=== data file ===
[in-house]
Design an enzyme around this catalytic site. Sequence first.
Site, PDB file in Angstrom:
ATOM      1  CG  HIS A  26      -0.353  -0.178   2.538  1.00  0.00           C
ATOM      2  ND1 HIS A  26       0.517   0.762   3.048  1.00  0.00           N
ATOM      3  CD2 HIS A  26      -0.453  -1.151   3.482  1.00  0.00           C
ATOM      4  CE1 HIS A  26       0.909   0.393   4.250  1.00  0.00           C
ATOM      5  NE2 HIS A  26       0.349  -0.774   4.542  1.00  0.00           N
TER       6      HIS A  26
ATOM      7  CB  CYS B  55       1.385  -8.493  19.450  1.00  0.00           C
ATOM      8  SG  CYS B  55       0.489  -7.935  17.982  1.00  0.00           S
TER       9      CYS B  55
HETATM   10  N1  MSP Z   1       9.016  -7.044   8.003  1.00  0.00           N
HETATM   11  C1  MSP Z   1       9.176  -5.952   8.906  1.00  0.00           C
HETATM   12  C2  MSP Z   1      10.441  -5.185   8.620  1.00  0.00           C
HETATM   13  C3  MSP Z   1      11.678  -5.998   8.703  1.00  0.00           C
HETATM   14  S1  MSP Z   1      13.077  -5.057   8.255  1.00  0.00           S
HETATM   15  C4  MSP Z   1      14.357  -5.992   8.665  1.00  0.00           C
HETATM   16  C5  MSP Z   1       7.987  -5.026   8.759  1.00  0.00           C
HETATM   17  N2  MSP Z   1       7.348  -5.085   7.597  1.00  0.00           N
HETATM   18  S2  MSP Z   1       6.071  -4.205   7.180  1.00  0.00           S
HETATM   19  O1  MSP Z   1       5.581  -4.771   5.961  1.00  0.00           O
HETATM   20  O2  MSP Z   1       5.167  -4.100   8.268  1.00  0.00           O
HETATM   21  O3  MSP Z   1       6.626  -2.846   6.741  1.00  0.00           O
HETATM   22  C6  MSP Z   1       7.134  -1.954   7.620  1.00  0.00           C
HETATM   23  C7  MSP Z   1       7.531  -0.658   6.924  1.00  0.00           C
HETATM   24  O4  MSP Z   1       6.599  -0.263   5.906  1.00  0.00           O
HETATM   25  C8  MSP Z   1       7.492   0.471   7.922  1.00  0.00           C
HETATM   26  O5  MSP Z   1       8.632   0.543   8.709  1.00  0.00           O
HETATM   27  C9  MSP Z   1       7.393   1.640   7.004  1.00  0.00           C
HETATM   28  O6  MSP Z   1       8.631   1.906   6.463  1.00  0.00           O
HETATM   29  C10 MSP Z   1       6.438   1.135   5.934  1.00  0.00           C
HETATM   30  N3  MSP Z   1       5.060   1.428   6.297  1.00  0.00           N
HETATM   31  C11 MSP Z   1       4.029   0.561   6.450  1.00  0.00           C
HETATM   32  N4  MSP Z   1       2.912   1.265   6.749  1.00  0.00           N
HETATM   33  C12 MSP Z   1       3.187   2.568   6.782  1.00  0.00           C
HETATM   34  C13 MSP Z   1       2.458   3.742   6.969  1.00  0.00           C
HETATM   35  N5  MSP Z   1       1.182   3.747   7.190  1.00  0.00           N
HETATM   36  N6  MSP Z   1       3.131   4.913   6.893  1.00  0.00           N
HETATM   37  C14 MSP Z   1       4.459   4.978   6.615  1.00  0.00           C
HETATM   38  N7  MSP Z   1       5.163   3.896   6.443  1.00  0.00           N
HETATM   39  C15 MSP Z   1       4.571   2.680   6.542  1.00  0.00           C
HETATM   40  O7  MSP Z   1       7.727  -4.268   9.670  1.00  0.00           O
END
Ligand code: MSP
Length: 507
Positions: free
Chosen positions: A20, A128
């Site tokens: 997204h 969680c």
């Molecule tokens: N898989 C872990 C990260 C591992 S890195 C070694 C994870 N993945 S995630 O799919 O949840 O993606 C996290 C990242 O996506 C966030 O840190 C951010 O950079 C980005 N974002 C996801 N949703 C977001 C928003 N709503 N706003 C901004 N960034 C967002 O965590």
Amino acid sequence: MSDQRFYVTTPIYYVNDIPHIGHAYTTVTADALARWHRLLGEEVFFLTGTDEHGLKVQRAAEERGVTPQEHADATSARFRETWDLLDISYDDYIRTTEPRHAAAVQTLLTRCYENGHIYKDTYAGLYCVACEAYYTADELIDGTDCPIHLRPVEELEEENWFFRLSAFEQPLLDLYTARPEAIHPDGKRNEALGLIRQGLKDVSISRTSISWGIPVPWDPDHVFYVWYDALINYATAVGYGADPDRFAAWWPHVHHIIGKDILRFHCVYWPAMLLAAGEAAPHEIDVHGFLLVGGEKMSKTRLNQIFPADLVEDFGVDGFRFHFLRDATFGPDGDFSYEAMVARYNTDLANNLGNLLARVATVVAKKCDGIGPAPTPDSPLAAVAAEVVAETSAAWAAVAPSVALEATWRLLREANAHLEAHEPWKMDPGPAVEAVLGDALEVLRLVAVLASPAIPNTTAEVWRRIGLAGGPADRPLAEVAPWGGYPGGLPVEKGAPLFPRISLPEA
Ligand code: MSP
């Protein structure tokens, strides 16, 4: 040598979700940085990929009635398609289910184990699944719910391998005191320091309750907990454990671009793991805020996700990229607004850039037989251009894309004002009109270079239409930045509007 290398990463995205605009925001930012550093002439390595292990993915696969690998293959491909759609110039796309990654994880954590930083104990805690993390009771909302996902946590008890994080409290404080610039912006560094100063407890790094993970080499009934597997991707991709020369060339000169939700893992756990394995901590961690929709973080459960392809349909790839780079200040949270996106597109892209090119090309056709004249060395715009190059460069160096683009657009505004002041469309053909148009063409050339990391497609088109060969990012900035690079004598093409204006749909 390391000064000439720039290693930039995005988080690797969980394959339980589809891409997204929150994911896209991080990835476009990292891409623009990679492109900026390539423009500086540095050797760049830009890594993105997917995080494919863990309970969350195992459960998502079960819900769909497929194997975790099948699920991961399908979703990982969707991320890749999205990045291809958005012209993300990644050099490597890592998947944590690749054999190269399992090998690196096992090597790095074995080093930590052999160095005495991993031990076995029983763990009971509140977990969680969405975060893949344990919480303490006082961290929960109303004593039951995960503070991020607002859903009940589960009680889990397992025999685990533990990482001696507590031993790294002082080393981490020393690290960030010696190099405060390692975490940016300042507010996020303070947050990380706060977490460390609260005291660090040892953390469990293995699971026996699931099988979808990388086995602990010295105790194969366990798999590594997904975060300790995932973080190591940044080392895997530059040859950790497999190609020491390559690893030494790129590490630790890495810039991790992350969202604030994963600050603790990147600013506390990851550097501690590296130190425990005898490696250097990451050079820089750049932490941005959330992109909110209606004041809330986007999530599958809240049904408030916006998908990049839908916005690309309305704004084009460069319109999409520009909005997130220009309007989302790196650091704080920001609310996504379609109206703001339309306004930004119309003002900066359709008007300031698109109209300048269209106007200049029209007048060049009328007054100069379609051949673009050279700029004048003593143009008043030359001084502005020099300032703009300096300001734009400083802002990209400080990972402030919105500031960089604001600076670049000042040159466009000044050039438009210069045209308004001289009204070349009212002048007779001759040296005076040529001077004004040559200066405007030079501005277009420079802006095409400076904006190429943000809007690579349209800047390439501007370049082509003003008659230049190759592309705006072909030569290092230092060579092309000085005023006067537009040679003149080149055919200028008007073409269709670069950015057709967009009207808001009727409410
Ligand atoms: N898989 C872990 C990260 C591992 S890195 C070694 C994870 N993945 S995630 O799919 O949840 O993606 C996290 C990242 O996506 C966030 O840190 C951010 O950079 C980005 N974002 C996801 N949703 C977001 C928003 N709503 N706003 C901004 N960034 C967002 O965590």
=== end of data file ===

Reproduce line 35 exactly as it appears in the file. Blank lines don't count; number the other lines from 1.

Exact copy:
HETATM   32  N4  MSP Z   1       2.912   1.265   6.749  1.00  0.00           N